Island in the Mediterranean Sea, south of Sicily, east of Tunisia, and north of Libya.
Government Malta is a multiparty liberal democracy, with a prime ministerial political executive. The 1974 constitution provides for a 65-member house of representatives, elected by universal suffrage, through a system of proportional representation using the single-transferable vote in multimember constituencies, for a five-year term. As formal head of state the president is elected by the house for a five-year term and appoints a prime minister and cabinet, drawn from and collectively responsible to the house, which may be dissolved within its five-year term. A 1987 amendment to the constitution made provision for any party winning more than 50% of the votes in a general election to be guaranteed a majority of seats in the house, through the award of bonus seats, regardless of the number of seats actually won. This has meant that the number of deputies has sometimes risen to 69. Two political parties, the Malta Labour Party (MLP) and the Nationalist Party (PN), have dominated Malta's politics.
History Malta was occupied in turn by Phoenicia, Greece, Carthage, and Rome, and fell to the Arabs in 870. In 1090 the Norman count Roger of Sicily conquered Malta, and it remained under Sicilian rule until the 16th century, when the Holy Roman emperor Charles V handed it over to the Knights of St John of Jerusalem in 1530. After a Turkish attack in 1565 the knights fortified the island and held it until 1798, when they surrendered to Napoleon. After requesting British protection, Malta was annexed by Britain in 1814 and became a leading naval base. A vital link in World War II, Malta came under heavy attack and was awarded the George Cross decoration.
The island was made self-governing in 1947, and in 1955 Dom Mintoff, leader of the MLP, became prime minister. In 1956 the MLP's proposal for integration with the UK was approved by a referendum but opposed by the conservative PN, led by Dr Giorgio Borg Olivier. In 1958 Mintoff rejected the British proposals and resigned, causing a constitutional crisis. By 1961 both parties favoured independence, and talks began 1962, when the PN and Borg Olivier won the general election.
Independence Malta became a fully independent state within the Commonwealth and under the British crown in 1964, having signed a ten-year military and economic aid treaty with the UK. In 1971 Mintoff and the MLP returned to power with a policy of international non-alignment. He declared the 1964 treaty invalid and began to negotiate a new arrangement for leasing the Maltese NATO base and obtaining the maximum economic benefit from it for his country.
Republican status agreed A seven-year agreement was signed in 1972. Malta became a republic in 1974, and in the 1976 general election the MLP was returned with a reduced majority.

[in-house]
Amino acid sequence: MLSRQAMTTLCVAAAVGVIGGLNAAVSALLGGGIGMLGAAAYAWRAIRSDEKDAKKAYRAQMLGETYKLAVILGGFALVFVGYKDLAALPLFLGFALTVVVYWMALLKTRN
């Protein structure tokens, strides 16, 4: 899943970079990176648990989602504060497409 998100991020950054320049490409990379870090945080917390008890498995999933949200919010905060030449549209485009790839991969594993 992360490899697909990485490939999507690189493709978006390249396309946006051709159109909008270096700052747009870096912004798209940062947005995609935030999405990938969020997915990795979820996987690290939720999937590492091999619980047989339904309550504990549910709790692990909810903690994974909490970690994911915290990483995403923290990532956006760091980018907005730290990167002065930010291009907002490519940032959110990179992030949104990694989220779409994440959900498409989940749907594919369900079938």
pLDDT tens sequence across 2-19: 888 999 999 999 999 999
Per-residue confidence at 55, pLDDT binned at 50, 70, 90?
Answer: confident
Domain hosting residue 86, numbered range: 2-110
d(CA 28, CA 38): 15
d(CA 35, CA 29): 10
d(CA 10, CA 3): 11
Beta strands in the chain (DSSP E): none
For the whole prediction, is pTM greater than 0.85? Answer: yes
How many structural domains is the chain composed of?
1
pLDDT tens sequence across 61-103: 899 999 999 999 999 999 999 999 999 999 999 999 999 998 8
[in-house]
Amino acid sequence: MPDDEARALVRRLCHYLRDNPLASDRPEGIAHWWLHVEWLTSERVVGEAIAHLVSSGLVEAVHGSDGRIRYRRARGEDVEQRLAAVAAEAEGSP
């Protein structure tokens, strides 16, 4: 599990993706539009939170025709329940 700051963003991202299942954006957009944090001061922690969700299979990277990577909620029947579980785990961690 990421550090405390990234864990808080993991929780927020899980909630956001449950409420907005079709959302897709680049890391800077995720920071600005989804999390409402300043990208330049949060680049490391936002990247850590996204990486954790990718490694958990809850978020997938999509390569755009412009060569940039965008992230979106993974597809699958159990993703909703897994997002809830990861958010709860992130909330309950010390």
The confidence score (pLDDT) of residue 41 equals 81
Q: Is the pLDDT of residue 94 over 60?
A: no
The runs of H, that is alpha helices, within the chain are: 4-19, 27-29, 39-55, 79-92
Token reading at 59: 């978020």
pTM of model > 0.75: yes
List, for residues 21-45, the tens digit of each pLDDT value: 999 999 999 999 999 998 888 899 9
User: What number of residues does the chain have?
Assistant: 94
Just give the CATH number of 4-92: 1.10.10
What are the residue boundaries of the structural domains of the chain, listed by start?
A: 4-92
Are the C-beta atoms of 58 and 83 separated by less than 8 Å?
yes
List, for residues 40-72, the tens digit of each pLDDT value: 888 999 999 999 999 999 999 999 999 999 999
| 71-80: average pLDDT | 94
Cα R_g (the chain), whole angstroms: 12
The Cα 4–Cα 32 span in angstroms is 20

The MLP again won a narrow majority in the House of Representatives in 1981, even though the PN had a bigger share of the popular vote. As a result, Nationalist representatives refused to take their seats for over a year. Relations between the two parties were also damaged by allegations of progovernment bias in the broadcasting service. At the end of 1984 Mintoff announced his retirement, and Dr Mifsud Bonnici succeeded him as MLP leader and prime minister.
Nationalist Party wins power In 1987, the PN won the general election and its leader, Edward Fenech Adami, became prime minister. Vincent Tabone was elected president 1989. In October 1990 Malta formally applied for European Community membership. In the 1992 general election the PN, under Prime Minister Adami, was returned for another term. Mifsud Bonnici succeeded Vincent Tabone as president in 1994.
Malta joins the EU The September 1998 general elections were again won by PN and Prime Minister Adami. He immediately renewed the island's application to join the European Union. In presidential elections in April 1999, Bonnici was succeeded as president by Guido de Marco, and in December 1999 the EU invited Malta to start negotiating for membership in February 2000. Malta became a member of the EU on 1 May 2004, with a 2003 referendum finding 54% of the population to be in favour of accession.
New Nationalist Party prime minister In March 2003 Adami resigned as prime minister, later becoming president, in April 2004. He was succeeded as PN leader and prime minister by Lawrence Gonzi, who also held the finance ministry portfolio (until 2009). Gonzi oversaw Malta's entry into the EU's eurozone, in January 2008, which involved the privatization of post, telecommunications, and shipbuilding and adoption of the euro as its currency. He went on to lead the PN to a narrow victory over the MLP, led by Alfred Sant, in the March 2008 general election. In April 2009, George Abela, from the opposition MLP, became president, with the support and nomination of prime minister Gonzi.
Following a referendum in May 2011, parliament passed legislation to allow divorce, making Malta the last European country to do so.
Labour back in power in 2013 Despite a diversified economy, based around trade, manufacturing, and tourism, Malta was adversely affected, like other EU members, by the global and eurozone financial crisis in 2008–12, with the economy contracting in 2009 and growth slow thereafter. In January 2012 the country's credit rating was downgraded by rating agencies as concerns over the government's finances mounted.
Gonzi resigned as prime minister in December 2012 after divisions within his party over the government's budget proposals. A general election was held in March 2013 and the Labour Party, led by the 39-year-old Joseph Muscat, won a landslide victory, with 39 of the 69 seats and 55% of the vote.
Grand Harbour, Malta
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